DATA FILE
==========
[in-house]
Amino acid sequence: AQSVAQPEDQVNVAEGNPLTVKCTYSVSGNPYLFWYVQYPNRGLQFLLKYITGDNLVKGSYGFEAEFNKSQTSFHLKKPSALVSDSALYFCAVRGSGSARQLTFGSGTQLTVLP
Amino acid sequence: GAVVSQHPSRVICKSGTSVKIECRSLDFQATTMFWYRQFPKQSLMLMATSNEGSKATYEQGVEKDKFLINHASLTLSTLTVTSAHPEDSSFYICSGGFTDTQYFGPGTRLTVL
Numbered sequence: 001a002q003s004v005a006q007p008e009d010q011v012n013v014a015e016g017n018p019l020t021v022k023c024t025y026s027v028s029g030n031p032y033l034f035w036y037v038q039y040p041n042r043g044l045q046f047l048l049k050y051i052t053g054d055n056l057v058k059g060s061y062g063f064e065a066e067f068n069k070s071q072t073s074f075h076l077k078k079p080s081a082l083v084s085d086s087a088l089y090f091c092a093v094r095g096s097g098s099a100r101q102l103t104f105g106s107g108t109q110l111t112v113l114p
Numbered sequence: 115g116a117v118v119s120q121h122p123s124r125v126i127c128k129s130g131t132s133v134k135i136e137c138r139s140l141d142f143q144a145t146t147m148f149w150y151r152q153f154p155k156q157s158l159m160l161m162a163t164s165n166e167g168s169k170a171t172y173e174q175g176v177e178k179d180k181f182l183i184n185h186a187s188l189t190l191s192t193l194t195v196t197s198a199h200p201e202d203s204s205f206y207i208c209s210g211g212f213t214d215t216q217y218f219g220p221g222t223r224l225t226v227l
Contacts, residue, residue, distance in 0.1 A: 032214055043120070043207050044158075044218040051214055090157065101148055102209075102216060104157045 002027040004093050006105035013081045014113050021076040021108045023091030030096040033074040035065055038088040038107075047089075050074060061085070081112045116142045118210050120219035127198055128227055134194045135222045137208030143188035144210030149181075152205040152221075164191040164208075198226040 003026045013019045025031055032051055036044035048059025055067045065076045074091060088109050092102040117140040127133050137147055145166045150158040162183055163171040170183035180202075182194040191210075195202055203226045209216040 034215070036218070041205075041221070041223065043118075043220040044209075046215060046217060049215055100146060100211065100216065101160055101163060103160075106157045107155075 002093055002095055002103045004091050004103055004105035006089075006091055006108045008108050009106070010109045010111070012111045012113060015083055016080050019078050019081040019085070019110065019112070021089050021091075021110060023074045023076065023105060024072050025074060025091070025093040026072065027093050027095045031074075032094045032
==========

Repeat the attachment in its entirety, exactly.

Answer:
[in-house]
Amino acid sequence: AQSVAQPEDQVNVAEGNPLTVKCTYSVSGNPYLFWYVQYPNRGLQFLLKYITGDNLVKGSYGFEAEFNKSQTSFHLKKPSALVSDSALYFCAVRGSGSARQLTFGSGTQLTVLP
Amino acid sequence: GAVVSQHPSRVICKSGTSVKIECRSLDFQATTMFWYRQFPKQSLMLMATSNEGSKATYEQGVEKDKFLINHASLTLSTLTVTSAHPEDSSFYICSGGFTDTQYFGPGTRLTVL
Numbered sequence: 001a002q003s004v005a006q007p008e009d010q011v012n013v014a015e016g017n018p019l020t021v022k023c024t025y026s027v028s029g030n031p032y033l034f035w036y037v038q039y040p041n042r043g044l045q046f047l048l049k050y051i052t053g054d055n056l057v058k059g060s061y062g063f064e065a066e067f068n069k070s071q072t073s074f075h076l077k078k079p080s081a082l083v084s085d086s087a088l089y090f091c092a093v094r095g096s097g098s099a100r101q102l103t104f105g106s107g108t109q110l111t112v113l114p
Numbered sequence: 115g116a117v118v119s120q121h122p123s124r125v126i127c128k129s130g131t132s133v134k135i136e137c138r139s140l141d142f143q144a145t146t147m148f149w150y151r152q153f154p155k156q157s158l159m160l161m162a163t164s165n166e167g168s169k170a171t172y173e174q175g176v177e178k179d180k181f182l183i184n185h186a187s188l189t190l191s192t193l194t195v196t197s198a199h200p201e202d203s204s205f206y207i208c209s210g211g212f213t214d215t216q217y218f219g220p221g222t223r224l225t226v227l
Contacts, residue, residue, distance in 0.1 A: 032214055043120070043207050044158075044218040051214055090157065101148055102209075102216060104157045 002027040004093050006105035013081045014113050021076040021108045023091030030096040033074040035065055038088040038107075047089075050074060061085070081112045116142045118210050120219035127198055128227055134194045135222045137208030143188035144210030149181075152205040152221075164191040164208075198226040 003026045013019045025031055032051055036044035048059025055067045065076045074091060088109050092102040117140040127133050137147055145166045150158040162183055163171040170183035180202075182194040191210075195202055203226045209216040 034215070036218070041205075041221070041223065043118075043220040044209075046215060046217060049215055100146060100211065100216065101160055101163060103160075106157045107155075 002093055002095055002103045004091050004103055004105035006089075006091055006108045008108050009106070010109045010111070012111045012113060015083055016080050019078050019081040019085070019110065019112070021089050021091075021110060023074045023076065023105060024072050025074060025091070025093040026072065027093050027095045031074075032094045032